|I have to admit, I cannot answer the question about the effects of muscle damage on glycemia once and for all, but for the average workout, it's probably irrelevant and the overall effect beneficial.|
The reason that I write "probably", is that we do now have one study that suggests beneficial (Ho 2016) and one that found detrimental effects (Asp 1995) - and a couple of reasons why neither of the studies is fully convincing.
We will get to this issue and the "probably" in the bottom line. Before we do so, however, let's briefly take a closer look the study design. The purpose of the study was to determine the magnitude of muscle damage and blood glucose responses during an oral glucose tolerance test (OGTT) after eccentric training in healthy junior athletes (16.3 ± 0.5 years of age) with no history of musculoskeletal disorders who were instructed to perform ...
- 5 sets of barbell front squat for 20 repetitions at 30 pounds a day and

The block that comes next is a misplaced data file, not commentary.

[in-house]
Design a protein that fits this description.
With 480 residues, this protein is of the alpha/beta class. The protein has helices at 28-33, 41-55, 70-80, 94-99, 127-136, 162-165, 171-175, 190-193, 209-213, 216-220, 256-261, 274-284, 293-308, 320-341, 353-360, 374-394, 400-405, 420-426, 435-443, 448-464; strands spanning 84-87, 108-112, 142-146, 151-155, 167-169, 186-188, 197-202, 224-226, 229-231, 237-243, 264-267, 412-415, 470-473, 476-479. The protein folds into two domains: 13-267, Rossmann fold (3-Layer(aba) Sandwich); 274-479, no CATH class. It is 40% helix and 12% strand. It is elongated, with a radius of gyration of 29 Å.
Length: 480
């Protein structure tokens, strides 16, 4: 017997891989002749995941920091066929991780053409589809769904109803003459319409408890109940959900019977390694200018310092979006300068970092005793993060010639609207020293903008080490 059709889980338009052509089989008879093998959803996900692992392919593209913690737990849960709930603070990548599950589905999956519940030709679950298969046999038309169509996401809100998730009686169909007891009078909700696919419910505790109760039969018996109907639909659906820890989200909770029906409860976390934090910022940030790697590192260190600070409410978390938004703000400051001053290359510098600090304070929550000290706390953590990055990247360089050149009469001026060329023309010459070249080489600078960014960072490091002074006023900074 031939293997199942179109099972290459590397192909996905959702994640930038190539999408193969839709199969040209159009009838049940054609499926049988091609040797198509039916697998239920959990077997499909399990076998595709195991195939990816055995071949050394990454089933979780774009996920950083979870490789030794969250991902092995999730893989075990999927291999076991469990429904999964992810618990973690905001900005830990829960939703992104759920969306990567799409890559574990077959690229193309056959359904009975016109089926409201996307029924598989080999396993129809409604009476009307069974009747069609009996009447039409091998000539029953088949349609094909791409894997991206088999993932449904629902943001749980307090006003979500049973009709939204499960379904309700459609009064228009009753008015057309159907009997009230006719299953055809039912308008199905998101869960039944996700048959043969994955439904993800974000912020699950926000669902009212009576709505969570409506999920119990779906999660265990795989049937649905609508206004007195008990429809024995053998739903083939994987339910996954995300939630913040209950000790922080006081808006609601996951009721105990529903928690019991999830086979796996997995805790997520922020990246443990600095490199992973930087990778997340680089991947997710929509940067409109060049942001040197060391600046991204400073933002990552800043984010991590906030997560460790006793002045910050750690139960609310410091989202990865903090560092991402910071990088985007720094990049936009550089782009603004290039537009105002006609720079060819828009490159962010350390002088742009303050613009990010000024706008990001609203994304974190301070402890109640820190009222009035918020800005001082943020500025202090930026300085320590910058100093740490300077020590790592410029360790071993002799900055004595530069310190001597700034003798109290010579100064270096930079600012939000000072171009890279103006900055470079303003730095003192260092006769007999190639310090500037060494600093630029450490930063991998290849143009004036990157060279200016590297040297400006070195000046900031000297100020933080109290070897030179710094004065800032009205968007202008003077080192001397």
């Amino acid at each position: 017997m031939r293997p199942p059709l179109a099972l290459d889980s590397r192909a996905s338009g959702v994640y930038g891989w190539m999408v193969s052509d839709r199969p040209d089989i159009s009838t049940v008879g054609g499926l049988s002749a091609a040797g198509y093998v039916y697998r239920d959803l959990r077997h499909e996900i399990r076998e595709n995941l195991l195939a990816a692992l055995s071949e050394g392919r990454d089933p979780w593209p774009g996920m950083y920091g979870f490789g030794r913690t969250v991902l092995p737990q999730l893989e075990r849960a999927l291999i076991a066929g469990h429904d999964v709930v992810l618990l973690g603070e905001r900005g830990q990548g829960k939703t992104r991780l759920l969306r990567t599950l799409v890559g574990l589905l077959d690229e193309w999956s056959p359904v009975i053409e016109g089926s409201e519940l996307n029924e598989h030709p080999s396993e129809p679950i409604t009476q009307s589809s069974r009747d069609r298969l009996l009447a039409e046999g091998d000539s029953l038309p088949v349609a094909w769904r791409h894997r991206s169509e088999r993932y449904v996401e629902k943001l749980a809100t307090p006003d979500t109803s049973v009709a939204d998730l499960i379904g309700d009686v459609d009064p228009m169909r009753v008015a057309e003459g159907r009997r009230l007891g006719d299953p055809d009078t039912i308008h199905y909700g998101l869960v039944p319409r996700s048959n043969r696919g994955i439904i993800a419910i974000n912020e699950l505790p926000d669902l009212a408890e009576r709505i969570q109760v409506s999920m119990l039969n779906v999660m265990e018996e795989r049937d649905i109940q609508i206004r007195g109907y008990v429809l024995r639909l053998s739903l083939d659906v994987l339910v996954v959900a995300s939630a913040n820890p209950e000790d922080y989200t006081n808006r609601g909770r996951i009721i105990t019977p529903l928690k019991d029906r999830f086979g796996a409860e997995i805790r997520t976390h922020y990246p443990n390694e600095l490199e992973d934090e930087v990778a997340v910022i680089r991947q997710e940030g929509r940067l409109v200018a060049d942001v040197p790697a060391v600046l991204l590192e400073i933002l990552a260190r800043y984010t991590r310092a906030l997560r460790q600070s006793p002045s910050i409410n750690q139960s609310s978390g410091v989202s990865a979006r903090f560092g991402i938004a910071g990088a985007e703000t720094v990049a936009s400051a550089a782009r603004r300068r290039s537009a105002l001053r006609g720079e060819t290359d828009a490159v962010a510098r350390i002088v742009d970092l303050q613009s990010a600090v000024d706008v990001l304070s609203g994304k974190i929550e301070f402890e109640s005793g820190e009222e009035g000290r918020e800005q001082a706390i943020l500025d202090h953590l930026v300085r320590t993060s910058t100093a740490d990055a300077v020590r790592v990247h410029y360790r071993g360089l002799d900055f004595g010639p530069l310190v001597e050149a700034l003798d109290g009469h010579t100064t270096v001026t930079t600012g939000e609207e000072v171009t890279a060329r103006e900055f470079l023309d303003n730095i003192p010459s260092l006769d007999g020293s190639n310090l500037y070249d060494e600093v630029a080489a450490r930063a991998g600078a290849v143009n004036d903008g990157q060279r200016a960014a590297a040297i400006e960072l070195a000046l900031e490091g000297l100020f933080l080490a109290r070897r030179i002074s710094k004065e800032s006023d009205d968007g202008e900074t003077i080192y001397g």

- 100-meter downhill sprinting consisted of 5 repetitions...
|Figure 1: Plasma levels of muscle creatine kinase (Ho 2016); as a SuppVersity reader you shouldn't be surprised to see "high-" and "low-responders" as discussed in a 2014 article on CK elevations w/ exercise.|
|Figure 2: Oral glucose tolerance test (OGTT), blood glucose levels and area under the curve - Pre: before exercise challenge; Post: ca. 24h after exercise challenge. *Significantly different against Pre, P < 0.05 (Ho 2016).|
- Asp, Sven, Jens R. Daugaard, and Erik A. Richter. "Eccentric exercise decreases glucose transporter GLUT4 protein in human skeletal muscle." The Journal of physiology 482.3 (1995): 705-712.
- Ho, Chien-Te, Machiko Otaka, and Chia-Hua Kuo. "Improving glucose tolerance by muscle-damaging exercise." Journal of Traditional and Complementary Medicine (2016).